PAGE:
Wealth firms are increasingly confronting an array of challenges.
One of the most perplexing and persistent is managing marketing communication policy gaps. Digital Wealth News recently interviewed Teresa Leno, CEO and Founder of Fresh Finance, an enterprise marketing communications solution for the wealth, banking, and insurance industries. Leno offers insights into marketing communications with the public, a topic impacting many firms today.
Unfortunately, many firms today face serious communication policy gaps. These gaps may emanate from a firm’s unclear communication with the public guidelines, an inadequate communication infrastructure, vendor error, or the lack of technologies to house, approve, store, monitor, and provide advisors with compliant content.
Marketing communications policies provide an outline or blueprint that guides all elements of communication within an organization. Communication policies must encompass various aspects, including modes of communication, communication objectives, technology, approval of financial content, and much more.
Most importantly, the policy must also define advisors’ client and prospect interaction protocols, which FINRA considers marketing communications with the public, a critical aspect of wealth management compliance operations. These policies must go beyond archiving, compliance approval, or social media monitoring solutions; an enterprise marketing communications platform must be central to the communication policy’s success.
“Wealth management firms must consider the implications of their marketing communications policy. They should view it not just as a precondition for firm-client engagement but as an expectation- everything must follow the policy. Furthermore, firms must understand that communication is essential in disseminating information, creating advisor-client trust, and nurturing long-lasting client relationships.
Aside from policy, these firms must utilize technology to address any gaps that could harm client relations and, ultimately, the bottom line. Central to the policy is licensing technology to create, store, and distribute compliance-approved content while making it accessible to all stakeholders,” says Leno.
Today’s clients live in a fast-paced digital world marked by a pervasive culture of immediacy, where accurate, helpful finance information is disseminated in real time, and misinformation can be costly. While many wealth management firms have adapted to these client demands admirably, some still need help to bridge the gap regarding compliant content and marketing communications technology, comments Leno.
Digital tools and platforms designed for regulated industries like the wealth, banking, and insurance industries can vastly enhance how wealth management firms communicate with their clients. But to be effective, they must be solutions that are managed at the enterprise level and provide access to all stakeholders- marketing, compliance, and advisors.
“Enterprise communication technology like Fresh Finance can help ensure the right messages are shared with specific clients at the right time. Our tools enable advisors to customize their newsletter headers or share content on social media or blogs based on their preferences, thus enhancing the user’s (advisor’s) experience.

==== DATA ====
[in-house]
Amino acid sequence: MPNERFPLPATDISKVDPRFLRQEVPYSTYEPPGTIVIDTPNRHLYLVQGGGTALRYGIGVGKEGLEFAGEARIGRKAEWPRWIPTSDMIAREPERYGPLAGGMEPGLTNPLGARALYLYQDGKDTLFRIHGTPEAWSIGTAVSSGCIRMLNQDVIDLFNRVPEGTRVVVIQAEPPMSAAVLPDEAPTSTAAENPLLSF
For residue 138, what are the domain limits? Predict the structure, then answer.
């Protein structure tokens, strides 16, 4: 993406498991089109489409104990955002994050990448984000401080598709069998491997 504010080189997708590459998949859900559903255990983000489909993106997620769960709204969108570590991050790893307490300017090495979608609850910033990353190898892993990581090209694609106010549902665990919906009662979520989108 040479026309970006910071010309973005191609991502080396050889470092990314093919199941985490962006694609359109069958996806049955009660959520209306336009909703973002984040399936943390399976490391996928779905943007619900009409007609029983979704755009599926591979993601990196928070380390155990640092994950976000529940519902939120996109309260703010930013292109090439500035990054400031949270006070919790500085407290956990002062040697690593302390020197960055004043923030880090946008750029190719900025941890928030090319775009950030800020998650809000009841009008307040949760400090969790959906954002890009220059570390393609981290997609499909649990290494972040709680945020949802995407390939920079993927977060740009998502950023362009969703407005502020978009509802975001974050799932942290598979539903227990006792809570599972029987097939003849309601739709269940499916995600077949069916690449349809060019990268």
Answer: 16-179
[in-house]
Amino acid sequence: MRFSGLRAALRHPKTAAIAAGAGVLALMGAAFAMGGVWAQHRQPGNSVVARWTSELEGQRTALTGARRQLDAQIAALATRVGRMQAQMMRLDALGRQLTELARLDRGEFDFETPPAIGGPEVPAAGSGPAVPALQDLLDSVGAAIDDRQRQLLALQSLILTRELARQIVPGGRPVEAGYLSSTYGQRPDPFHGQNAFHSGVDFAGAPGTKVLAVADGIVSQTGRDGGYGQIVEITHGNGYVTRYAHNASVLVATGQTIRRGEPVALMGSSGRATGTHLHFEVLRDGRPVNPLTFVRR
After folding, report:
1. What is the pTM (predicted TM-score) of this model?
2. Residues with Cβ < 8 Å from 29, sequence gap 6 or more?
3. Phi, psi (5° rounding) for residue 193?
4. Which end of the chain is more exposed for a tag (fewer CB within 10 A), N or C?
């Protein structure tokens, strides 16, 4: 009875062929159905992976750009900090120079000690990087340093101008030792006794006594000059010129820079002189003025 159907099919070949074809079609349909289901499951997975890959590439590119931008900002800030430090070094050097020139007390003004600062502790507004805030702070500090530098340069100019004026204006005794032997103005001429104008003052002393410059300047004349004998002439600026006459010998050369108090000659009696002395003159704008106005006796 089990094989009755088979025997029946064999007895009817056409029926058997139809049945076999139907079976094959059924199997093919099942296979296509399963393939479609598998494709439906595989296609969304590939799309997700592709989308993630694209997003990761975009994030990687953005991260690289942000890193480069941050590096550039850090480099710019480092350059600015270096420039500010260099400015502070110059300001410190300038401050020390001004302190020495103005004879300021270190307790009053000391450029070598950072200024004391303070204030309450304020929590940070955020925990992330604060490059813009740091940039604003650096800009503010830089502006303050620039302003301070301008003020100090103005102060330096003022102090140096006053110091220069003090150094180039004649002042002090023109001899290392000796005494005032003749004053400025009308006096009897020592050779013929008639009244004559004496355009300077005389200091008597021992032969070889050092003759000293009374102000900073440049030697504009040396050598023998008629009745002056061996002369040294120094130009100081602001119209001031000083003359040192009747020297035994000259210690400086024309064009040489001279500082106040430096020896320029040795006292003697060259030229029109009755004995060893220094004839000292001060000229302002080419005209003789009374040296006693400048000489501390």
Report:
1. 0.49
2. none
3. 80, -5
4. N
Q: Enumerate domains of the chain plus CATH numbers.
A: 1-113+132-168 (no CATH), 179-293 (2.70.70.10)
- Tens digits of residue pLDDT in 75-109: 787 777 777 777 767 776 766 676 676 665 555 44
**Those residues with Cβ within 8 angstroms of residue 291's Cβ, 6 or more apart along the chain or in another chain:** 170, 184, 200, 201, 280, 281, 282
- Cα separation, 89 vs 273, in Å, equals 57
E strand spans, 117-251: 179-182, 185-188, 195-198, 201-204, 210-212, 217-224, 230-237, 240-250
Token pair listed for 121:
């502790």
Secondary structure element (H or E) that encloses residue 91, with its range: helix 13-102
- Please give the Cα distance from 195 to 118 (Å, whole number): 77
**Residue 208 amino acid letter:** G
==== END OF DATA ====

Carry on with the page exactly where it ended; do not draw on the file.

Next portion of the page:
Firms must seek enterprise solutions to be managed at the firm level to benefit their advisors, such as email marketing, social media, and compliant content for them to use as they desire. This way, the firm provides advisors with the approved content and communication tools they need to grow relationships and attract new business,” says Leno.
Leno explains that while advisors can independently select multiple tools from various tech providers, the firm’s marketing and compliance teams don’t manage them or always know what’s happening. These providers do not always provide compliant content through their technology platforms, for example, a website blog. There is a difference between FINRA-reviewed, which doesn’t mean approved at the firm level, and firm-reviewed and approved, which means the advisor can use the content without fear of fines because their compliance department has approved it.
Indeed, finding effective ways to plug communication policy gaps is a complex task. It requires substantial commitment from management, time, resources, and often a cultural shift within the organization. However, what is clear is that the industry’s future competitiveness hinges on wealth management firms conceiving and implementing client-centered communication policies and marketing communications technology.
Lastly, these efforts for a viable client communication policy depend on continuous vigilance and adjustment. As client expectations, regulatory landscapes, and communication technologies evolve, wealth management firms must regularly review and adapt their communication policies and technology accordingly.
In conclusion, as we navigate through a rapidly transforming marketing communications landscape, it’s clear that policy gaps must be a top concern for firms. The firms that will emerge as leaders in this new era recognize the problem at hand, develop solid marketing communications policies, leverage robust marketing communications technology, and work toward meeting the expectations of their advisors and, ultimately, clients.
Teresa Leno worked as a financial advisor and experienced firsthand the importance of financial education to help clients make more informed decisions before a crisis. Through her experience, Fresh Finance was started as a financial content marketing solution to help advisors validate their expertise through sharing content.